Homelessness should not be an option for those that have served our country
With an increasing number of former service personnel becoming homeless, the questions we should be asking ourselves are why is this happening and what can we do to put a stop to it?
Why are veterans at risk of homelessness?
For service leavers the transition into civilian life can be difficult, particularly if they have had their career cut short by medical discharge. It can be even harder for those that suffer from mental illness. The MOD report that in 2017/2018, mental health and behavioural disorders accounted for 18% of all medical discharges, 6% of which were due to PTSD.
Homelessness and mental health are very closely linked issues and dealing with a mental health problem such as PTSD, can make it much harder to deal with financial and housing problems. Mental health problems can also lead to addiction and unemployment, increasing the risk that a veteran will end up on the streets. Those that are leaving the service may also be dealing with finding their own home for the very first time, having been previously supported in earlier moves by their employer.
There are at least 320,000 people that are homeless in the UK and up to 80% of those may have a mental health condition. Not only are you more likely to become homeless if you have a mental health condition but being homeless is likely to make your mental health much worse.
Whilst military experience and the resilient nature of those that have served may unfortunately make veterans better equipped to live on the streets, it absolutely should not be an option for those that have served our country.
What are the statistics around veterans being homeless?
It is not known exactly how many homeless veterans are sleeping rough but it is estimated that there are around 6,000 in the UK and this accounts for up to 4% of the homeless population. The Government has acknowledged that there are limited statistics on homeless veterans and they have said they are working on putting together more comprehensive data. This is essential to tackling the issue: how can the Government begin to address this without knowing the true extent of the problem?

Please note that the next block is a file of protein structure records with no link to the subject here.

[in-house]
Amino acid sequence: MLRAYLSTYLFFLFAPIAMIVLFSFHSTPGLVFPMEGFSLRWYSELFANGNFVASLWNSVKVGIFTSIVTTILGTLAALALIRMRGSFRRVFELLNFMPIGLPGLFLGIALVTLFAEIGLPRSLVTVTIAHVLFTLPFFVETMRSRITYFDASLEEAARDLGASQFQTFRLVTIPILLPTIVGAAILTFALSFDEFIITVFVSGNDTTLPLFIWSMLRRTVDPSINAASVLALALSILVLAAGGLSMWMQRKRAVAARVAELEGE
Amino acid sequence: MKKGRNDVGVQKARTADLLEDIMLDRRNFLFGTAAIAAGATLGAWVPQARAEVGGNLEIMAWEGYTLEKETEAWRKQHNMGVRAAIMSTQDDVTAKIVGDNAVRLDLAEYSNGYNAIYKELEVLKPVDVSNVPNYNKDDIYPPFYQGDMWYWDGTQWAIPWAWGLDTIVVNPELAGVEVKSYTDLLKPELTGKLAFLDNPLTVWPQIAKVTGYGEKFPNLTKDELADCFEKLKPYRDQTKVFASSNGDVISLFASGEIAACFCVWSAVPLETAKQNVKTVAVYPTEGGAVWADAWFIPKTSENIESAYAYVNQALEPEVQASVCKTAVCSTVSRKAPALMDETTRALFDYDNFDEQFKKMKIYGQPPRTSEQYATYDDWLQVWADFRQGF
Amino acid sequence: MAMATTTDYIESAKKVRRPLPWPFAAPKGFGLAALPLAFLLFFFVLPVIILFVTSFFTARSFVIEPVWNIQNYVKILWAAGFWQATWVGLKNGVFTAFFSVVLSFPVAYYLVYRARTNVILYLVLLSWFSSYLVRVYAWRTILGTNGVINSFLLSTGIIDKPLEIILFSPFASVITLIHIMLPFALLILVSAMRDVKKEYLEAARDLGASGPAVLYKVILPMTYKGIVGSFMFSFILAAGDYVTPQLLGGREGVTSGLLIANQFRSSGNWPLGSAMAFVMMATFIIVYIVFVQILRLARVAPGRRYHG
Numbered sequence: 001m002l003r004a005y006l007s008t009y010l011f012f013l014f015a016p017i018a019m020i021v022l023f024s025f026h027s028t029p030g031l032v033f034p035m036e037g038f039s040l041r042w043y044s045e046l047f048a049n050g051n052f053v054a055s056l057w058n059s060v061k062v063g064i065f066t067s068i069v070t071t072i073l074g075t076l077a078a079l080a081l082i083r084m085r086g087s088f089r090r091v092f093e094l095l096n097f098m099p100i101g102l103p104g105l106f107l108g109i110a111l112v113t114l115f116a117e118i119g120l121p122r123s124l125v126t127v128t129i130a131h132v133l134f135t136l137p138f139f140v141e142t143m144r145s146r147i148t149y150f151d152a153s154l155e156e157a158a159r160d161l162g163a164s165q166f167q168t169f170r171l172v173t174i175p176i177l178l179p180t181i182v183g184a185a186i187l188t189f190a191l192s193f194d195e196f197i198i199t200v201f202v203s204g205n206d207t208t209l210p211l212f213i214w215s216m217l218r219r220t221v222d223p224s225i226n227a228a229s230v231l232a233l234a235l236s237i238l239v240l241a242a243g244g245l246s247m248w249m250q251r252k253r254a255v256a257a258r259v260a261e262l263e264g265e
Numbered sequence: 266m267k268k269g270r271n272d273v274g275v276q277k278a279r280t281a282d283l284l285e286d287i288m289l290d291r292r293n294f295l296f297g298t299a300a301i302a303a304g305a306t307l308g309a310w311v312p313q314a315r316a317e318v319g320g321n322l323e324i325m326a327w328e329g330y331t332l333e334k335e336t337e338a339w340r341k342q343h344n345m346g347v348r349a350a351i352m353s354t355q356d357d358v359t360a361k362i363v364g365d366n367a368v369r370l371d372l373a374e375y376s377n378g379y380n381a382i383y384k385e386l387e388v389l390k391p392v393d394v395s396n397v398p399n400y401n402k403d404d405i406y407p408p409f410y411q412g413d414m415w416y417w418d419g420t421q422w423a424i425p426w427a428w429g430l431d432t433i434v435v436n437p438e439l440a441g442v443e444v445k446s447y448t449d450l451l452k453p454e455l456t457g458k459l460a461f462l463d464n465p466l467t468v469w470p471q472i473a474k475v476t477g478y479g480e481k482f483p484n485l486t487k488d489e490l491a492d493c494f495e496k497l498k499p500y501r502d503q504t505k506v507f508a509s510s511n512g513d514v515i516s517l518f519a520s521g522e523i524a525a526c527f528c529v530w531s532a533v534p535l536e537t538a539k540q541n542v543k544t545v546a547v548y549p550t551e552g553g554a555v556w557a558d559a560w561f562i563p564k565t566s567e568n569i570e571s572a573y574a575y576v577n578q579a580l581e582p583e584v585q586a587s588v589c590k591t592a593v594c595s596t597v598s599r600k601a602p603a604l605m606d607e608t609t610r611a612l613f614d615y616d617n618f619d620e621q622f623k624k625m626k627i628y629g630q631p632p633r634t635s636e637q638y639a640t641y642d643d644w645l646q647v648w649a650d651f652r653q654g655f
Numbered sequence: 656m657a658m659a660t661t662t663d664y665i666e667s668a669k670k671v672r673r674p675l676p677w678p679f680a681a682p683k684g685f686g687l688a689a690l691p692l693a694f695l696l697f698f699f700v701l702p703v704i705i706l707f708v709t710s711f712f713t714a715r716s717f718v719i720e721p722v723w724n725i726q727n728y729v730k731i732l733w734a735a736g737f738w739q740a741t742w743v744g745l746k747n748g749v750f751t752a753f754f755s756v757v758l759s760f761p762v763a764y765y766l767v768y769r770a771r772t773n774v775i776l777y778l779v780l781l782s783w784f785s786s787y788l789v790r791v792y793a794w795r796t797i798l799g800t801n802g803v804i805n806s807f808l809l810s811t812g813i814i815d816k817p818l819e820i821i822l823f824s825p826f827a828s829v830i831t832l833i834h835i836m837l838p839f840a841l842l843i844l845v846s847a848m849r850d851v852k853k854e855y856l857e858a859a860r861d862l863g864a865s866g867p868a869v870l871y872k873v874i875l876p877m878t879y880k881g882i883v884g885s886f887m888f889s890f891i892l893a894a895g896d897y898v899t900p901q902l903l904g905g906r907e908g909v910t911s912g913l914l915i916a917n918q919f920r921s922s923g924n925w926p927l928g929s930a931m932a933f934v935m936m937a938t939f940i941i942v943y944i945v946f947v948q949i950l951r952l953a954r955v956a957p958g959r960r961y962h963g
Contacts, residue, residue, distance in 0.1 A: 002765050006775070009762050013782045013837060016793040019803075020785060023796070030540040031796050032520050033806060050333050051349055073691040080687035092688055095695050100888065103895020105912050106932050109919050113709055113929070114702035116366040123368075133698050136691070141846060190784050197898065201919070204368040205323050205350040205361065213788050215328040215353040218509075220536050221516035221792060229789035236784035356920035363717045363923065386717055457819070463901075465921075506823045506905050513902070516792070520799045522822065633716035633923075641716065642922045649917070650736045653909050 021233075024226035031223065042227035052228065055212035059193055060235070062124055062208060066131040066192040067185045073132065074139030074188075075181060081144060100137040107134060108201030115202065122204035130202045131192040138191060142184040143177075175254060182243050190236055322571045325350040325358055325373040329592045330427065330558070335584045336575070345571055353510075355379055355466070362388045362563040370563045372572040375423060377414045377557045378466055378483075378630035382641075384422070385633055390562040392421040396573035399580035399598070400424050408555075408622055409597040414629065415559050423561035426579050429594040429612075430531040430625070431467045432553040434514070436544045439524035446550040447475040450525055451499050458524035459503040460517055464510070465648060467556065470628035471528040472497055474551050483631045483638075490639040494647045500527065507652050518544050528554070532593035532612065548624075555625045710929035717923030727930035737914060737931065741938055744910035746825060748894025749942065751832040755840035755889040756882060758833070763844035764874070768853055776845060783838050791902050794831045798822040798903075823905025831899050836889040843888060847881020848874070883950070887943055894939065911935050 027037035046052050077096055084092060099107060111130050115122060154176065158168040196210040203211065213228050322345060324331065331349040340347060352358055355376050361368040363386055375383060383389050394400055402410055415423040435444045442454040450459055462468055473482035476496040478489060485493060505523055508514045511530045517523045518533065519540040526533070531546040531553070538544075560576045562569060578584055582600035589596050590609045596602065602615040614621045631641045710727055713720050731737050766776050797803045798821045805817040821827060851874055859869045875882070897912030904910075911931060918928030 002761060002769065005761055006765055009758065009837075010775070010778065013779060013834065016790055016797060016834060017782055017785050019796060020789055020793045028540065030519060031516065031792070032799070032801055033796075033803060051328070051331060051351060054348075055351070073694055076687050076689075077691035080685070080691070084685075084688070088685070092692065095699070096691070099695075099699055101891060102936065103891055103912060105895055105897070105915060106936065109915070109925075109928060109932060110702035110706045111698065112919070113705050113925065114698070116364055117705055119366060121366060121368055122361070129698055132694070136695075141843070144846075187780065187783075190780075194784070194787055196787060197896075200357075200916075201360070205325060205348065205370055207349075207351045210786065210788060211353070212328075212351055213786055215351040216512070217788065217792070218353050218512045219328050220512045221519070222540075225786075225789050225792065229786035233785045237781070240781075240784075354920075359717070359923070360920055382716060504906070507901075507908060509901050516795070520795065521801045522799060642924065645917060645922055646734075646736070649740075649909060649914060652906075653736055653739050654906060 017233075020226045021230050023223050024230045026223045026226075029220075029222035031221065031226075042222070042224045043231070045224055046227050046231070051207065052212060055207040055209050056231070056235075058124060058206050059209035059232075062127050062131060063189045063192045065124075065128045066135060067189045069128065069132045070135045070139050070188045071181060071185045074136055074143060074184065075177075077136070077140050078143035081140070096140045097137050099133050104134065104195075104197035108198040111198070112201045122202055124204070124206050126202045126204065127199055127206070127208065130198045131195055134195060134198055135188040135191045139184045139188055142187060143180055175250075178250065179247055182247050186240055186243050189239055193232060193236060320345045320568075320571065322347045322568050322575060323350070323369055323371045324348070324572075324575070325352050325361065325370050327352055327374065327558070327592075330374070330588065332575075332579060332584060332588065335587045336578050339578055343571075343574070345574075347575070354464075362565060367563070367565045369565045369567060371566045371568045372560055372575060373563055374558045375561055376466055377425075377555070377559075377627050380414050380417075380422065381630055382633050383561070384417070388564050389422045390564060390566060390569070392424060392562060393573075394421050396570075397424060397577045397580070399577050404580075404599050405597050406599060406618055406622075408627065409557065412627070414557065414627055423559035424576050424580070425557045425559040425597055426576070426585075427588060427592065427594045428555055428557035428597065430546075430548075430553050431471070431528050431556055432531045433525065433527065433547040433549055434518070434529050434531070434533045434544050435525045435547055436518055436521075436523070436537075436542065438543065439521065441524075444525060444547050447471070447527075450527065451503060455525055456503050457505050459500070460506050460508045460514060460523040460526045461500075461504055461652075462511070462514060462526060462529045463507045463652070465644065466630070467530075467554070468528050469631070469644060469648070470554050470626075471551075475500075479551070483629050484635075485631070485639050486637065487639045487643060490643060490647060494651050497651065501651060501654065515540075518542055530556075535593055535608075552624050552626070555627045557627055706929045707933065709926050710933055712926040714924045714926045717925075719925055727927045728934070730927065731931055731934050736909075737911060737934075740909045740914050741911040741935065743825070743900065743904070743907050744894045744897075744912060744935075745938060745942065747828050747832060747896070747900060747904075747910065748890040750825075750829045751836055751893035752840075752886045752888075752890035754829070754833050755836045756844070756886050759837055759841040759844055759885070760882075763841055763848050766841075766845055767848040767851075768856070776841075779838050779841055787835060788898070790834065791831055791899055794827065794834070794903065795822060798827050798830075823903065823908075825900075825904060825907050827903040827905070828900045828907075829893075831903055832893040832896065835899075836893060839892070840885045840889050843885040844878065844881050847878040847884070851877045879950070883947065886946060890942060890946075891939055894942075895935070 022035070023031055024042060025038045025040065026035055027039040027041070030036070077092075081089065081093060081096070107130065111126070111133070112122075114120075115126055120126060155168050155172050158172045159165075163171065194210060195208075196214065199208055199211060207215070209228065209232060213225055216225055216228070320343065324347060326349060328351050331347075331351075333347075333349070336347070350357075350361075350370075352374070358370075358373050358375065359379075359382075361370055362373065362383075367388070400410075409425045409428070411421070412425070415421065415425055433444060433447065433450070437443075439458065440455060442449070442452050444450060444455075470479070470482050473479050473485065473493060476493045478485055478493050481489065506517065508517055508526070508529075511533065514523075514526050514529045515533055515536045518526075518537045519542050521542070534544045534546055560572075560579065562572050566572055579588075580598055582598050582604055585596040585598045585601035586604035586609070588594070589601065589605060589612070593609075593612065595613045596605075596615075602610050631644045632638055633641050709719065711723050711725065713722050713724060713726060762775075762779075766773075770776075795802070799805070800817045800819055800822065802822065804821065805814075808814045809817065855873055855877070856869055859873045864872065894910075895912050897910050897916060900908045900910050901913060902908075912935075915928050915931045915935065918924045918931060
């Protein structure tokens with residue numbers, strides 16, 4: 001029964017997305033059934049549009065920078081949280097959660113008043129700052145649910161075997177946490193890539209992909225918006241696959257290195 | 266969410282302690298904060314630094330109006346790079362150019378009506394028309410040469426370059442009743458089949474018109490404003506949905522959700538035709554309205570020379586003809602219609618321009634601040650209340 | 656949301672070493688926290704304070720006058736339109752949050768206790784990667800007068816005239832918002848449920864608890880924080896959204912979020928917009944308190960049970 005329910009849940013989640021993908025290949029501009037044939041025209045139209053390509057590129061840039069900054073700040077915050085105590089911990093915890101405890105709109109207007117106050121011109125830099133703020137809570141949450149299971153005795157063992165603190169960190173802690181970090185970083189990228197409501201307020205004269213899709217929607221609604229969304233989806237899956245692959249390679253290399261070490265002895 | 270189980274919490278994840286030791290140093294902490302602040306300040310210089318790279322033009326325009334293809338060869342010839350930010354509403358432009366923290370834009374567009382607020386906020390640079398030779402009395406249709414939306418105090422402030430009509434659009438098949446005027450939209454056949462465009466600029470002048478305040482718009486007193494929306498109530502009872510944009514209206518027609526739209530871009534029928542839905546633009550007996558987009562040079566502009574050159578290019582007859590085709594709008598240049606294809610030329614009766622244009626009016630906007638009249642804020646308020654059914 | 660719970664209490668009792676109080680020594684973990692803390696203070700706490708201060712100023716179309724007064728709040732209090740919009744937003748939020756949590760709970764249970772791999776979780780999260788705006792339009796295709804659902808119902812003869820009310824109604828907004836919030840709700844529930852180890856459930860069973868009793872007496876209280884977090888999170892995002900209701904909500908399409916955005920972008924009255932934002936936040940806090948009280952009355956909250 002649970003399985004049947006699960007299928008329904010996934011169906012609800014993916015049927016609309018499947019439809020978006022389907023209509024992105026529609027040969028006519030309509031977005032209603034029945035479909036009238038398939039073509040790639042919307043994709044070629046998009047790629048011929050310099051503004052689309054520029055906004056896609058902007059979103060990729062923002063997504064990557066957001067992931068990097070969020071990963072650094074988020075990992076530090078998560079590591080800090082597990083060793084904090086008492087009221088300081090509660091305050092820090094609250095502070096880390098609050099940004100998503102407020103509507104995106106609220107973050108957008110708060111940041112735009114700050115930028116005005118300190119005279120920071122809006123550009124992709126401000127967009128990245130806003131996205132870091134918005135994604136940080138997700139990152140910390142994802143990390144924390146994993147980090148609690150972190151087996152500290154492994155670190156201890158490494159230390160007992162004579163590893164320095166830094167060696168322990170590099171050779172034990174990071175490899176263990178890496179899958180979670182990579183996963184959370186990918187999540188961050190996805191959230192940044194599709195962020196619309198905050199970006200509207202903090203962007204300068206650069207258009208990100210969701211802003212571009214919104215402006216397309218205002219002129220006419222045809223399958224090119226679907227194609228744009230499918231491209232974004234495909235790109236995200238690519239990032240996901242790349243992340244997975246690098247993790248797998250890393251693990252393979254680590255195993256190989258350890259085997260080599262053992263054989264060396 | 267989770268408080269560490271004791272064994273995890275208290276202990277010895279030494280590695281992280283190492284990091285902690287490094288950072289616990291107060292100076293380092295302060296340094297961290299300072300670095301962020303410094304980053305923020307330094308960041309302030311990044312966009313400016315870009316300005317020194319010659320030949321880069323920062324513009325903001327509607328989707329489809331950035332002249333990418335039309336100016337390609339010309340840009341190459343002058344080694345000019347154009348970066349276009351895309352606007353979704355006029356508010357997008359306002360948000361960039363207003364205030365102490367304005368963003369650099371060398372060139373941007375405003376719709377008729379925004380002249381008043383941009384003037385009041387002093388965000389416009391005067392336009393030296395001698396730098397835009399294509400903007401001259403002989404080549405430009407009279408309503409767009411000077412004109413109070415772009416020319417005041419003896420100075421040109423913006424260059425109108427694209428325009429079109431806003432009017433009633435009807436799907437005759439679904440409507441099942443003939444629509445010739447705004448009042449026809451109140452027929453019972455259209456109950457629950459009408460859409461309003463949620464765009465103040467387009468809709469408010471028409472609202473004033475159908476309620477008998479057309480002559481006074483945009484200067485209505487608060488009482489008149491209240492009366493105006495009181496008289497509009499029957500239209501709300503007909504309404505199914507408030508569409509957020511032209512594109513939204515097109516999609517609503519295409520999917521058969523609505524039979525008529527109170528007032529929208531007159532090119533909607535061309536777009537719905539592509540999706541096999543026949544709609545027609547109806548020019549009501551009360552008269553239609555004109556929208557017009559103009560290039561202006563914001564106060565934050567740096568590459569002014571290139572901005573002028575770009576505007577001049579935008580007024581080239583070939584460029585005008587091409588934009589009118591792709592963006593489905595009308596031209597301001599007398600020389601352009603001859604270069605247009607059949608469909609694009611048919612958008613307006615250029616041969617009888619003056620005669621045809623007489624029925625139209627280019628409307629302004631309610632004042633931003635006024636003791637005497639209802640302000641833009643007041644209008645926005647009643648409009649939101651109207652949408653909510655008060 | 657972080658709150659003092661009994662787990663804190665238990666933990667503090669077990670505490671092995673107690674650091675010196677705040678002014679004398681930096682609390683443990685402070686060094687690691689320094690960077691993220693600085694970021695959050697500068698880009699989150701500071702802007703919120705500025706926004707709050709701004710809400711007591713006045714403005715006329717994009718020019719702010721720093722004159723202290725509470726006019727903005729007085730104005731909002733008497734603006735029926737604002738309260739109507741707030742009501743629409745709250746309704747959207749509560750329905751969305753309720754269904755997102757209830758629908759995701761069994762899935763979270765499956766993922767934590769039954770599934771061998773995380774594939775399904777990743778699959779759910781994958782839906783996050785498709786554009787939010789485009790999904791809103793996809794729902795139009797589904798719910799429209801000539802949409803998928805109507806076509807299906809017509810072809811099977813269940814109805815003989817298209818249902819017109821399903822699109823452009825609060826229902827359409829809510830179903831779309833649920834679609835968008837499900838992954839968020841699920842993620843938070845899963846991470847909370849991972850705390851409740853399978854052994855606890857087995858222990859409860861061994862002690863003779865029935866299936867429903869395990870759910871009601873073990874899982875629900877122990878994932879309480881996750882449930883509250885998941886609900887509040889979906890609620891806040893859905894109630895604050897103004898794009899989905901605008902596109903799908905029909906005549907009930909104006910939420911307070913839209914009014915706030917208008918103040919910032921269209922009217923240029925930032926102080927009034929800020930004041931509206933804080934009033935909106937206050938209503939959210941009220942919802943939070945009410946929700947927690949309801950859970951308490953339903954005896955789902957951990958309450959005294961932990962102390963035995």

What is being done to improve the situation?
In March 2019 the Communities Secretary announced that there would be a £1million fund to boost support for vulnerable veterans who have become homeless or at risk of it. The money could also be used to train staff on mental health issues, including PTSD, so that they can support those that may be initially reluctant to receive help.
The Government also released their Veterans Strategy in November 2018 and said that there is a public perception that there is a significant problem with veteran homelessness and they are committed to tackling rough sleeping and homelessness. There are many charities that aim to support homeless veterans but more needs to be done to protect our former soldiers from falling into homelessness. Collecting reliable information on the issue and looking at what can be done to prevent it from happening in the first place, such as more support on leaving the Military and identifying those at higher risk of falling foul of mental health problems or homelessness, could be a good starting point for the Government.
Charlotte Jose is a paralegal in Bolt Burdon Kemp’s Military Claims Team. If you would like to make a claim, contact Charlotte free of charge and in confidence on 020 7288 4853 or at firstname.lastname@example.org. Alternatively, complete this form and one of the solicitors in the Military team will contact you. Find out more about the Military Claims team.